Harris-Stowe Purina Scholars Program Improves Pathway to Veterinary Medicine at Mizzou

Published 11/09/2022

Beginning this semester, students at Harris Stowe State University in St. Louis have the opportunity, through a partnership between the Purina Scholars Program and the MU College of Veterinary Medicine, to participate in the Missouri Online Undergraduate Certificate in Veterinary Sciences. The Purina Scholars Program sponsors participation in the 16-hour veterinary certificate program for three students majoring in biology or who have an expressed desire to attend veterinary school.

Harris Stowe is a Historically Black College or University, or HBCU. The United States Department of Education defines HBCUs as any historically Black college or university that was established prior to 1964, whose principle mission is the education of Black Americans. HBCUs must be accredited by a nationally recognized accrediting agency or association determined by the Secretary of Education to be a reliable authority as to the quality of training offered or making reasonable progress toward accreditation.

According to 2017 figures from the United States Bureau of Labor Statistics, the veterinary workforce in the United States is made up of roughly 2 percent Black veterinarians. The aim of the partnership between the Purina Scholars Program, Harris Stowe and the CVM is to introduce Black students to the profession with a goal of improving future diversity.

The undergraduate certificate in veterinary science is a pathway for these students to take a first step toward the veterinary profession. The program was developed to better prepare pre-veterinary medical students for success when they entered the professional veterinary curriculum and for a future career in veterinary medicine. Laurie Wallace, DVM, MVSc, DACVIM, an associate teaching professor and the director of veterinary online and undergraduate programs at the CVM, emphasized the value of the program to students. “It provides them with courses that are directly preparatory and related to the type of courses that they would have in any college of veterinary medicine program,” said Wallace. “They’re all taught by our faculty members, with some being taught by faculty who also teach veterinary students. These students are not only being prepared with content, but also with rigor and getting to know some of the instructors that they might have as veterinary students.”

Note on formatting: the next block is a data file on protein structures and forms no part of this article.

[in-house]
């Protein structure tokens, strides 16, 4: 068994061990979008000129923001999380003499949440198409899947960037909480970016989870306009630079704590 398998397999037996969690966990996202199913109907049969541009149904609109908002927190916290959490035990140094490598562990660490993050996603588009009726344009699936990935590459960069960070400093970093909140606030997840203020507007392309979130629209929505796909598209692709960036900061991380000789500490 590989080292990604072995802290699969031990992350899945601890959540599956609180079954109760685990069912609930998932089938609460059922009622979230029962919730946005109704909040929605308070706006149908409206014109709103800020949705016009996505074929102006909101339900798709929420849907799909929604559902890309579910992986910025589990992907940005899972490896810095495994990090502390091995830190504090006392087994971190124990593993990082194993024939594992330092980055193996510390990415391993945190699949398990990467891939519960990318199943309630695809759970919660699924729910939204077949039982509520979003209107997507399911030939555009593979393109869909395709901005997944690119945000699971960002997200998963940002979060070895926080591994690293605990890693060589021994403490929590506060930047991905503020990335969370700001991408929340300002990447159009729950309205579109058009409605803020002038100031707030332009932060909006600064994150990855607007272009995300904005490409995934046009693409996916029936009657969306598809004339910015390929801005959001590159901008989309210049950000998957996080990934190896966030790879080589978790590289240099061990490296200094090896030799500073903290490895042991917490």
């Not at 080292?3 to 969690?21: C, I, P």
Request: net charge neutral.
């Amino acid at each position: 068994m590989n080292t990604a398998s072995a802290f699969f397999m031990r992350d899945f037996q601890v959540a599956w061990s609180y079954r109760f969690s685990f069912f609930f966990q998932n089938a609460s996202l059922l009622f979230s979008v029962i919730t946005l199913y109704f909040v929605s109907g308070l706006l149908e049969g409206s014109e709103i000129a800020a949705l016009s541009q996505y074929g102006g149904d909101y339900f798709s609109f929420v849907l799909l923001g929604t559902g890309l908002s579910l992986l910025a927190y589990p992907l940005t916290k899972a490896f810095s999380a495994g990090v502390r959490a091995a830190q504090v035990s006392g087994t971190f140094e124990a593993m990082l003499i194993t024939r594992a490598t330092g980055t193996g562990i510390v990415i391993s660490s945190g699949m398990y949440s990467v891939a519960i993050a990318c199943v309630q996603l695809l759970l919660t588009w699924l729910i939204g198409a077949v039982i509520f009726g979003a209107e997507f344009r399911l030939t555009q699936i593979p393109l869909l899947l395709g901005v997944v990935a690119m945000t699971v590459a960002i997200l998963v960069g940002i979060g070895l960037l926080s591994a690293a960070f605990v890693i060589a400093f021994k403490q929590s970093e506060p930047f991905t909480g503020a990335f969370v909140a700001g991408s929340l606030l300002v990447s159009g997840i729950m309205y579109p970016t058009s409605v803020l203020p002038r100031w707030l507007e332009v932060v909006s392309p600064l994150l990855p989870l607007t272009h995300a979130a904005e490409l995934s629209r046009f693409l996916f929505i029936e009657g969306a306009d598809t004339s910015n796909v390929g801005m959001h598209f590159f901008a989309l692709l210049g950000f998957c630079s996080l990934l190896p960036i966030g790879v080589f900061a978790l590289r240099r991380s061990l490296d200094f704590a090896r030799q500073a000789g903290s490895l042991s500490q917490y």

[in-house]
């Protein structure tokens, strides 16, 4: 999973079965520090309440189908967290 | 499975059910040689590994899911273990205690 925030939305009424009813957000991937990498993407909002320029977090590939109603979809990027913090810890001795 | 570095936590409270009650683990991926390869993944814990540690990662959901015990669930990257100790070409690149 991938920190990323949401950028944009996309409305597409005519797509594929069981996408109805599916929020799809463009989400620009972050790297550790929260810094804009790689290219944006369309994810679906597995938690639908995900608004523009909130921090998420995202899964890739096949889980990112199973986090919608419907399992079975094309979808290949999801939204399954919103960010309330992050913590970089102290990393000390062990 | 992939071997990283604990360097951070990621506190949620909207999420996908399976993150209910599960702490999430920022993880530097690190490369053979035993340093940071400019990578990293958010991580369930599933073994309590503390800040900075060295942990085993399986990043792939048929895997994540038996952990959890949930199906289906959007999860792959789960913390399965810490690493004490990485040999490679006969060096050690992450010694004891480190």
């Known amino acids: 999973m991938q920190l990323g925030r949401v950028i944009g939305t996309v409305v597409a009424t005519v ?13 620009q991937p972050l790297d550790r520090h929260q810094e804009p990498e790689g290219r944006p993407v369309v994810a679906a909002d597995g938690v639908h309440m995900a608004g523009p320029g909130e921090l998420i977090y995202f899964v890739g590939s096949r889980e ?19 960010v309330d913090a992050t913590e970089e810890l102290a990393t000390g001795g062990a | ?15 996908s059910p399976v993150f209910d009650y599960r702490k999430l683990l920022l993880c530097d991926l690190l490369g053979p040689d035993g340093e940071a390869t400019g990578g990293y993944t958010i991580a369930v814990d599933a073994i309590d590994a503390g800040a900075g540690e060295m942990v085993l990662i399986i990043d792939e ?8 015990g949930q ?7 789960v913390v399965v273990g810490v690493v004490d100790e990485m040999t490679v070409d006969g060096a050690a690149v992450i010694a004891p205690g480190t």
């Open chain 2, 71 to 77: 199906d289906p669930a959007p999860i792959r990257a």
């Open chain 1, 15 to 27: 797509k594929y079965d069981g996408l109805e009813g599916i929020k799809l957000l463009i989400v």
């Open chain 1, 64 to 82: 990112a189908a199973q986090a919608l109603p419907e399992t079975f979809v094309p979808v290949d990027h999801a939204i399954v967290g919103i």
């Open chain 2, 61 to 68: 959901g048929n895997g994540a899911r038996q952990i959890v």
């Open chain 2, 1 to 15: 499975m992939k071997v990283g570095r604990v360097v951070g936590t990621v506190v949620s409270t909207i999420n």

Wallace said one of the goals of the partnership is to make the participating Harris Stowe students comfortable while introducing them to veterinary medicine. “We want to interest students from underrepresented groups in veterinary medicine,” said Wallace. “We want to allow students to get their feet wet and feel more at home with veterinary medicine. Offering this as an online program is very important because these students don’t have to move and can maintain their current circumstances while taking our classes. We’ve also set this up as a cohort experience with three students admitted in each group. Purina Scholars students enroll in the same classes each semester and have the opportunity to network with each other.”

“We have a lot to learn and a long way to go to reach our goal of creating a veterinary student population that accurately reflects the population of the state of Missouri,” said Wallace. “It gives us the opportunity to learn more about black students, their interests and why they want to go to veterinary school.”

By Nick Childress